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Old 07-27-2005, 01:48 AM   #1
Jonescity
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What's a good Programming language to begin with? PLZ HELP!


Hi my name Johnathan and i'm 19 I've been using linux for about a year and a half and in recent months I've gotten interested in programming! My question is what's a good programming language to begin with? A few days ago I read some good things about perl and I bought a "beginning perl book" by James lee. Before I begin is there any other easy programming languages I should begin with or is this a good begginners language? I want to learn how to make good command line programming (example make a command line mp3 player) (Boy I can dream)! or something like that before I go into GUI programming!


Oh yeah I heard some good things about C but, some people tell be it's obsolete! and you can't write any usefull apps with it (obviously they know nothing about C) Any thoughts?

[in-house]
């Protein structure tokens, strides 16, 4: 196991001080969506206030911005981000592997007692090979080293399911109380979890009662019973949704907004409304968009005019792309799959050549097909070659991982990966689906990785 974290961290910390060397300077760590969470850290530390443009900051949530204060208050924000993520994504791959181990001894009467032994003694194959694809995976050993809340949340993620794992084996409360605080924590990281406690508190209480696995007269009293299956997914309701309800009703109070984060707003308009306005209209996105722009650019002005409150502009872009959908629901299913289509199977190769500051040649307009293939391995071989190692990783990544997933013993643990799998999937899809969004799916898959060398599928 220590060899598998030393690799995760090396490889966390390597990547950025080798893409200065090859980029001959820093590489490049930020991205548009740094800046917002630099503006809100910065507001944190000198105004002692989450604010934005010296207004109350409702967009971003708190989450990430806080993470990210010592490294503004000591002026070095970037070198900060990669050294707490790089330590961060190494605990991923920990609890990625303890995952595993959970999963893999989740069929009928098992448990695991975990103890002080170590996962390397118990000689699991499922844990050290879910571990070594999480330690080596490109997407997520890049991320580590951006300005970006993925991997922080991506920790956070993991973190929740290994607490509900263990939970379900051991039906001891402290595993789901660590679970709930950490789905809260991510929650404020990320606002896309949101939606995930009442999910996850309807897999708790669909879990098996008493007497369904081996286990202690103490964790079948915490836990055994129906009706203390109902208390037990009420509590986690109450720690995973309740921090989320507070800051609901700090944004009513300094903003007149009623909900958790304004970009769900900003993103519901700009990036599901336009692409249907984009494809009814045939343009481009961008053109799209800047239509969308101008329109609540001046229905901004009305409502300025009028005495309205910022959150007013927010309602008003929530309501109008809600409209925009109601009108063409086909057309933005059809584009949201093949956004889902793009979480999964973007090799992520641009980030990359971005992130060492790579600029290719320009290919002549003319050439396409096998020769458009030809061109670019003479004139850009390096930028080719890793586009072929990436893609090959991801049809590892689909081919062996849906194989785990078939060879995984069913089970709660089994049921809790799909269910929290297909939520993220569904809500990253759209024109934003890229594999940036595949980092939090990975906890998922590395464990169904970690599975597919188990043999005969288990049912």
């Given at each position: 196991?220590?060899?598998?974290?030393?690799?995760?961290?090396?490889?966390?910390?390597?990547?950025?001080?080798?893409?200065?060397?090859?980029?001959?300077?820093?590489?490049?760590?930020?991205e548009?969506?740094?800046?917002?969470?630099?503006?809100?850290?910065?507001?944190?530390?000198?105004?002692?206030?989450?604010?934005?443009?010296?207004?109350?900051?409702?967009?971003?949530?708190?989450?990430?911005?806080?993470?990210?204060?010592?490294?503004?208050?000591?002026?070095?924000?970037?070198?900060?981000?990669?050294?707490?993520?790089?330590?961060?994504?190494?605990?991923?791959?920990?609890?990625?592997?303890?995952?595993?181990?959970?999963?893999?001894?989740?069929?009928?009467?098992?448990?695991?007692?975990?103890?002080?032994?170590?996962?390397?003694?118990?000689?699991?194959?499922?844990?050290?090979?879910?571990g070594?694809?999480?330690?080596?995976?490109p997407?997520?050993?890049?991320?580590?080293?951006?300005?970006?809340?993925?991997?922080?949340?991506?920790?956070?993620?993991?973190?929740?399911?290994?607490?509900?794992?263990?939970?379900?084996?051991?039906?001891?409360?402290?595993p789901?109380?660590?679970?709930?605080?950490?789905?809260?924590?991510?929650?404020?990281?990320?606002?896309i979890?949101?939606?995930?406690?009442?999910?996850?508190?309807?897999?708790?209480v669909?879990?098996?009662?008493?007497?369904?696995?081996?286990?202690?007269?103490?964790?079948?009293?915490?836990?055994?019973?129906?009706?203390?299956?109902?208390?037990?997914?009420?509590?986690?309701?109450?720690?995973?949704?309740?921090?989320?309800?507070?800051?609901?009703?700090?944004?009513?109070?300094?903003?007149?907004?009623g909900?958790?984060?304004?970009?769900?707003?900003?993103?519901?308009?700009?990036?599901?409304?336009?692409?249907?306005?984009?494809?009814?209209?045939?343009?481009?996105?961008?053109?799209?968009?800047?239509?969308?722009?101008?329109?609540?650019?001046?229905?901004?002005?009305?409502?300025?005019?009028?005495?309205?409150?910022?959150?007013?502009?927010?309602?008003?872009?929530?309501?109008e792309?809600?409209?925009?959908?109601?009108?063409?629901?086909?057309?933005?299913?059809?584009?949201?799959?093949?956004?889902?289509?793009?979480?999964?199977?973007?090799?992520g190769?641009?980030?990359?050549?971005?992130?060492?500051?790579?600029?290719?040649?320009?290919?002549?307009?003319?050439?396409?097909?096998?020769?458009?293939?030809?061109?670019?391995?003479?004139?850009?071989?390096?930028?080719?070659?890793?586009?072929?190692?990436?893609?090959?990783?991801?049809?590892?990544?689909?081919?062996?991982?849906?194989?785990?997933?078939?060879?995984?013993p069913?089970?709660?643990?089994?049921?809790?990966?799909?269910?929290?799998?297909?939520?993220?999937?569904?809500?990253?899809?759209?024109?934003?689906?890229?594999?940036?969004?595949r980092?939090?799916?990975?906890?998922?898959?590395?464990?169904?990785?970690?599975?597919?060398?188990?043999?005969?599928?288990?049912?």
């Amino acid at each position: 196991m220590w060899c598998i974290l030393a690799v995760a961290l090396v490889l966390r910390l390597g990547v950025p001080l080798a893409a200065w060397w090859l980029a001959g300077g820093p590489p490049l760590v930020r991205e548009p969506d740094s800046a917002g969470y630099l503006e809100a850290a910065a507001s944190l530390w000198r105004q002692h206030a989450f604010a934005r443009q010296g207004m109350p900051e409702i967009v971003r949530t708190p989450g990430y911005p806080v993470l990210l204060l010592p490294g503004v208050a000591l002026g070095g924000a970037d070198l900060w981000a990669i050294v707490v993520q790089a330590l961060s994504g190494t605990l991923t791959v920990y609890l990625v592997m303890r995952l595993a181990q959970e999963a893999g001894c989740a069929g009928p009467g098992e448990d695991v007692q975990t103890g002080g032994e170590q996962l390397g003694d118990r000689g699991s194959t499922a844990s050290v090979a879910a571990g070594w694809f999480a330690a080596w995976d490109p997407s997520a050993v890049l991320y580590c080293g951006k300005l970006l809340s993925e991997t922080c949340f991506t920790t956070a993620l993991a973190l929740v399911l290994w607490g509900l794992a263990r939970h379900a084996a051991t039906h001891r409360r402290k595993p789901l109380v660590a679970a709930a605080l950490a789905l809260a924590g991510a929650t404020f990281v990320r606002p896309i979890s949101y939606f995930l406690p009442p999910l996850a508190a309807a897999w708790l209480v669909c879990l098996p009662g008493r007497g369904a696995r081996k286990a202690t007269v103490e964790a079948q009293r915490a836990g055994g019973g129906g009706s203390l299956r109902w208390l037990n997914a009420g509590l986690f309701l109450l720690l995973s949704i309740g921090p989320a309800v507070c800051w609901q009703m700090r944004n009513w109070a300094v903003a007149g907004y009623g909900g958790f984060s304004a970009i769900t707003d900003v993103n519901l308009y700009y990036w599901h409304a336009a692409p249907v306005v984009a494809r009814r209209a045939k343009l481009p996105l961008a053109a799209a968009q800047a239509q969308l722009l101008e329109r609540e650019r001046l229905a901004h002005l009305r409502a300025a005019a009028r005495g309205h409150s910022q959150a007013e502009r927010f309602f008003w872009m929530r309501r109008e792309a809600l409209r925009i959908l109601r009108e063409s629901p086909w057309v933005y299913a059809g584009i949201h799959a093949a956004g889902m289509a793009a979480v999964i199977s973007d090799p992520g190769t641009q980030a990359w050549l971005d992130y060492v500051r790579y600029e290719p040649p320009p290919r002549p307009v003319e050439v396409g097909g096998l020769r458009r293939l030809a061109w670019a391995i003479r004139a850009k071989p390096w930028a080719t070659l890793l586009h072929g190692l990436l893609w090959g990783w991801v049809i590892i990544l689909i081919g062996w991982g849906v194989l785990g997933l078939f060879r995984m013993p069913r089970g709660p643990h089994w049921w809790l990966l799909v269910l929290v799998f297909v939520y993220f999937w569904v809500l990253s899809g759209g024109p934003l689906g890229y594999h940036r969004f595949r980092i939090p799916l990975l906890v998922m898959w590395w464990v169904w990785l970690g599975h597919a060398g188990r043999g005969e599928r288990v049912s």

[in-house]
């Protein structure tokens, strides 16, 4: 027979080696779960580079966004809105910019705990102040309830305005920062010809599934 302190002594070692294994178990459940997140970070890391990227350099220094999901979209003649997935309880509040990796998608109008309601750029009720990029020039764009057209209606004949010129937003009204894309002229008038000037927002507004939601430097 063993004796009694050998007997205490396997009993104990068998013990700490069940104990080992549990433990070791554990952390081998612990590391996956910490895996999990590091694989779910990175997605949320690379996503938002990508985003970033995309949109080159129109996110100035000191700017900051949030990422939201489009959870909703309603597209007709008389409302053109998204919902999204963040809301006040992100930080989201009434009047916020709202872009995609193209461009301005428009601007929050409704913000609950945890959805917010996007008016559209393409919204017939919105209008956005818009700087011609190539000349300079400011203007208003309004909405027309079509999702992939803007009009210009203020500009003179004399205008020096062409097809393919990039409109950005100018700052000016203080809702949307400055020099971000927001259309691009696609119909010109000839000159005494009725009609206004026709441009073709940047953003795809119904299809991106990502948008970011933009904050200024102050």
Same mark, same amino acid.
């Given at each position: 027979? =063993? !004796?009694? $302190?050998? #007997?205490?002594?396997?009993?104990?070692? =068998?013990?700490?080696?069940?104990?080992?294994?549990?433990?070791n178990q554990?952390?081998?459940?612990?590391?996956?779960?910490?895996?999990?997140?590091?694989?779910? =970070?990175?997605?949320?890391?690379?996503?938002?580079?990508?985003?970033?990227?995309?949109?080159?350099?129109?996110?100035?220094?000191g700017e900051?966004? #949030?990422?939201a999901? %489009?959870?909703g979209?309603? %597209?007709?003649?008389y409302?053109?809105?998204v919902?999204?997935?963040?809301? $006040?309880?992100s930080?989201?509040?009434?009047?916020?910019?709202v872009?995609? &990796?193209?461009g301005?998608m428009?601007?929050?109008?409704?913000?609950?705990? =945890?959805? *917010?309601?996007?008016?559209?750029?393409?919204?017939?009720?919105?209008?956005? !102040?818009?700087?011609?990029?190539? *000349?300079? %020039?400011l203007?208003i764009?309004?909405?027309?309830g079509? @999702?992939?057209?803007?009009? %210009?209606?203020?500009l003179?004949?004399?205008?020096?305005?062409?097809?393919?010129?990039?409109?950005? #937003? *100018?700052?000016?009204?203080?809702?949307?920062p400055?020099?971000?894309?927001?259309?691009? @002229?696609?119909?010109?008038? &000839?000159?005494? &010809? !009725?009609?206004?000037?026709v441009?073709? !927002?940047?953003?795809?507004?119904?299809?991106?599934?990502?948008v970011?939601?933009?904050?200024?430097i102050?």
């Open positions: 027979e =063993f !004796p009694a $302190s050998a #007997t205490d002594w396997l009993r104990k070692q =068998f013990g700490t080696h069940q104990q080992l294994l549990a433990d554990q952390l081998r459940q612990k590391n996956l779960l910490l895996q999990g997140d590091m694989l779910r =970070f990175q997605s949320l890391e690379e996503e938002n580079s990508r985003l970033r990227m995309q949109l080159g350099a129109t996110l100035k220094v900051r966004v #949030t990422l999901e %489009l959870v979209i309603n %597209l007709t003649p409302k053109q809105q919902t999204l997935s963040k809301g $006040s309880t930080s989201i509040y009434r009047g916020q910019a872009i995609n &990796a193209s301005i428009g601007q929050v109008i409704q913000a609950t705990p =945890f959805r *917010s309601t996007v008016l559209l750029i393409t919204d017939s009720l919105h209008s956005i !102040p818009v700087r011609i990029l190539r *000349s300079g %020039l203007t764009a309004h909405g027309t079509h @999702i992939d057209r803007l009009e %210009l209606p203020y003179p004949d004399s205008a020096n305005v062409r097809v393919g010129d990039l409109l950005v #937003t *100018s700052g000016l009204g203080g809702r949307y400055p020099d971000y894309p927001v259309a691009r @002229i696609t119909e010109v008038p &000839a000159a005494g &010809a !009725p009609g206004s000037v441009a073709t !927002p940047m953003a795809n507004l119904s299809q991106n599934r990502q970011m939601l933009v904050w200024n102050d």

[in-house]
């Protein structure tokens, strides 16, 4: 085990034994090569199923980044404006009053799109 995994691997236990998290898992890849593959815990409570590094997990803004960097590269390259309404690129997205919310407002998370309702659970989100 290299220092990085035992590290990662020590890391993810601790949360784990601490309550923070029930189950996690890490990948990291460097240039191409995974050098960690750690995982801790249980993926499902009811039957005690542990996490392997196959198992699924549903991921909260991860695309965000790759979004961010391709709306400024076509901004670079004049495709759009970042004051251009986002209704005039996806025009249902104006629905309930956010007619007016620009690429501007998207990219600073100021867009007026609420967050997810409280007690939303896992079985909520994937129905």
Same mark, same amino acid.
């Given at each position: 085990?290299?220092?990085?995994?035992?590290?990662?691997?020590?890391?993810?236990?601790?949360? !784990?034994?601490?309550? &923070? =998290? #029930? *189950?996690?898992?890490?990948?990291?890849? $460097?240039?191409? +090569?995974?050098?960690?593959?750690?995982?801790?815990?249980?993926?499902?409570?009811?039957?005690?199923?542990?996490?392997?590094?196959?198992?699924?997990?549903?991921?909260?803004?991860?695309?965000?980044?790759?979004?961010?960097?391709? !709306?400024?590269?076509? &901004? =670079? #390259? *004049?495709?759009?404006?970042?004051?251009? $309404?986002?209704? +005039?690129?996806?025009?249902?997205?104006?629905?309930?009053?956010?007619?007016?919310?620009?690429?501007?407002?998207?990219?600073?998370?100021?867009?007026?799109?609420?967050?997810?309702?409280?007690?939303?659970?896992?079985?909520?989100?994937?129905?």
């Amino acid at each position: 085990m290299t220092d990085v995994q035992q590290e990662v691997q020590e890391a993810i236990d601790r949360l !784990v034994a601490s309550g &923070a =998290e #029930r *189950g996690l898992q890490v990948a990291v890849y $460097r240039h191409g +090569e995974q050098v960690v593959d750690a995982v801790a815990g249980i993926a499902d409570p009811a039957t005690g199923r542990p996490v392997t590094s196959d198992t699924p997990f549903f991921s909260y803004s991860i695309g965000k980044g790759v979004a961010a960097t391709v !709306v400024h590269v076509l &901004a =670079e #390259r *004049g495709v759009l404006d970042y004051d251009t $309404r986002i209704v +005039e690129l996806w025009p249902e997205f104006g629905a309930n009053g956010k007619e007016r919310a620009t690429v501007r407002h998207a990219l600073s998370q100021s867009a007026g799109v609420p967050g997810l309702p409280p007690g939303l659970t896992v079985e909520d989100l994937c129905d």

Two more things:

1. Do I need to know C before going to C++ ?
2. What kind of math you need to know for different programming languages?

Thank You All Very Much!!


-- Johnathan

 
Old 07-27-2005, 02:04 AM   #2
Nylex
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I hear Python is a good language to start with, but I don't have any experience with it.

I'm learning C++ at the moment. You don't need to know C before learning C++. I don't know much about C, but the Linux kernel is written in it (I think! Someone will tell you if I'm wrong).

As for maths, well, it might help to learn about binary numbers, octal numbers, hexadecimal. Books on programming usually have an appendix with stuff about these in. I haven't been through and read those yet, but I probably should!
 
Old 07-27-2005, 02:20 AM   #3
hk_linux
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Sometime in the recent past, there was a similar dicsussion.

http://www.linuxquestions.org/questi...hreadid=335415

HTH
 
Old 07-27-2005, 04:43 AM   #4
enemorales
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Just to make it clear. C is FAR from being obsolete. It is being widely used (for instance in the Linux Kernel) and it will be for a looong time.